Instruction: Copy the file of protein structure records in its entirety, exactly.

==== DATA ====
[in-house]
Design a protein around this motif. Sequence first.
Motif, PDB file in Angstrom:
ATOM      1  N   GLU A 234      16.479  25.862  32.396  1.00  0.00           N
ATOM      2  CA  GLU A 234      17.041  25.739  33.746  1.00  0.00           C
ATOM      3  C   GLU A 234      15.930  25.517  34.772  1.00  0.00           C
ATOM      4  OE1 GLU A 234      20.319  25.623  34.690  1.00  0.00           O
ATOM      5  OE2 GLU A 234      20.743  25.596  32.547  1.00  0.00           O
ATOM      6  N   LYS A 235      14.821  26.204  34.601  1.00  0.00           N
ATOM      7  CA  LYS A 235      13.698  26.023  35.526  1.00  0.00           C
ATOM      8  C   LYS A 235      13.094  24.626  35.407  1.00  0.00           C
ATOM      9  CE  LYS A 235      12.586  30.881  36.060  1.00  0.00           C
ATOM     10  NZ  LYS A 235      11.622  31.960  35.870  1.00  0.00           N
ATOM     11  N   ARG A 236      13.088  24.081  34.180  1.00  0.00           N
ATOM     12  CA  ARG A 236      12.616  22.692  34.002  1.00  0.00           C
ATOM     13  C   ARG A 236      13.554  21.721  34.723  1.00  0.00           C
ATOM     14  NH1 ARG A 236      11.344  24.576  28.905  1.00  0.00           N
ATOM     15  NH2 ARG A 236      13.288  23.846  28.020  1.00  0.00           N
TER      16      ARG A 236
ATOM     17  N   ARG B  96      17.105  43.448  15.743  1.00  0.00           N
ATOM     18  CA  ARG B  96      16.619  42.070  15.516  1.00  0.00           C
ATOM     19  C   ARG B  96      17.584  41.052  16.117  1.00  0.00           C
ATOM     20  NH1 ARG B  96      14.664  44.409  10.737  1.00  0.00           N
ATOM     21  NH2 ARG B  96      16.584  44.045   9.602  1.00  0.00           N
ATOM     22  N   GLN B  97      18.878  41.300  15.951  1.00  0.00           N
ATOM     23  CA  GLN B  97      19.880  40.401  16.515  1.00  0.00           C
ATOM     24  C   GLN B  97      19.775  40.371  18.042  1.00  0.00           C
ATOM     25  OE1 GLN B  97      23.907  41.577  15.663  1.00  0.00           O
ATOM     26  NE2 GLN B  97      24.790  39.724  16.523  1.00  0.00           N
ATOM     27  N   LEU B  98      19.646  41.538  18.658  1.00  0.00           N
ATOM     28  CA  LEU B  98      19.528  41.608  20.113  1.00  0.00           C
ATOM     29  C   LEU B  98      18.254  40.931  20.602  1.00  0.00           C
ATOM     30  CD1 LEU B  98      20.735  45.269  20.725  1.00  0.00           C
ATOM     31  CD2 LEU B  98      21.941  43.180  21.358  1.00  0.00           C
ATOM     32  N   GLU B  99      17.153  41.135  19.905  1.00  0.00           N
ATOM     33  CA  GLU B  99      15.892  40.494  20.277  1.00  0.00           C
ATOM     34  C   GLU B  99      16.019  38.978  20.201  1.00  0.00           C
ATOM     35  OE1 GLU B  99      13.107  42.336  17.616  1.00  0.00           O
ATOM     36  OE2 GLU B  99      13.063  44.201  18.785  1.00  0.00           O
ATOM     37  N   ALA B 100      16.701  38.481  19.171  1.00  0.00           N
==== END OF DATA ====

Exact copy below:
[in-house]
Design a protein around this motif. Sequence first.
Motif, PDB file in Angstrom:
ATOM      1  N   GLU A 234      16.479  25.862  32.396  1.00  0.00           N
ATOM      2  CA  GLU A 234      17.041  25.739  33.746  1.00  0.00           C
ATOM      3  C   GLU A 234      15.930  25.517  34.772  1.00  0.00           C
ATOM      4  OE1 GLU A 234      20.319  25.623  34.690  1.00  0.00           O
ATOM      5  OE2 GLU A 234      20.743  25.596  32.547  1.00  0.00           O
ATOM      6  N   LYS A 235      14.821  26.204  34.601  1.00  0.00           N
ATOM      7  CA  LYS A 235      13.698  26.023  35.526  1.00  0.00           C
ATOM      8  C   LYS A 235      13.094  24.626  35.407  1.00  0.00           C
ATOM      9  CE  LYS A 235      12.586  30.881  36.060  1.00  0.00           C
ATOM     10  NZ  LYS A 235      11.622  31.960  35.870  1.00  0.00           N
ATOM     11  N   ARG A 236      13.088  24.081  34.180  1.00  0.00           N
ATOM     12  CA  ARG A 236      12.616  22.692  34.002  1.00  0.00           C
ATOM     13  C   ARG A 236      13.554  21.721  34.723  1.00  0.00           C
ATOM     14  NH1 ARG A 236      11.344  24.576  28.905  1.00  0.00           N
ATOM     15  NH2 ARG A 236      13.288  23.846  28.020  1.00  0.00           N
TER      16      ARG A 236
ATOM     17  N   ARG B  96      17.105  43.448  15.743  1.00  0.00           N
ATOM     18  CA  ARG B  96      16.619  42.070  15.516  1.00  0.00           C
ATOM     19  C   ARG B  96      17.584  41.052  16.117  1.00  0.00           C
ATOM     20  NH1 ARG B  96      14.664  44.409  10.737  1.00  0.00           N
ATOM     21  NH2 ARG B  96      16.584  44.045   9.602  1.00  0.00           N
ATOM     22  N   GLN B  97      18.878  41.300  15.951  1.00  0.00           N
ATOM     23  CA  GLN B  97      19.880  40.401  16.515  1.00  0.00           C
ATOM     24  C   GLN B  97      19.775  40.371  18.042  1.00  0.00           C
ATOM     25  OE1 GLN B  97      23.907  41.577  15.663  1.00  0.00           O
ATOM     26  NE2 GLN B  97      24.790  39.724  16.523  1.00  0.00           N
ATOM     27  N   LEU B  98      19.646  41.538  18.658  1.00  0.00           N
ATOM     28  CA  LEU B  98      19.528  41.608  20.113  1.00  0.00           C
ATOM     29  C   LEU B  98      18.254  40.931  20.602  1.00  0.00           C
ATOM     30  CD1 LEU B  98      20.735  45.269  20.725  1.00  0.00           C
ATOM     31  CD2 LEU B  98      21.941  43.180  21.358  1.00  0.00           C
ATOM     32  N   GLU B  99      17.153  41.135  19.905  1.00  0.00           N
ATOM     33  CA  GLU B  99      15.892  40.494  20.277  1.00  0.00           C
ATOM     34  C   GLU B  99      16.019  38.978  20.201  1.00  0.00           C
ATOM     35  OE1 GLU B  99      13.107  42.336  17.616  1.00  0.00           O
ATOM     36  OE2 GLU B  99      13.063  44.201  18.785  1.00  0.00           O
ATOM     37  N   ALA B 100      16.701  38.481  19.171  1.00  0.00           N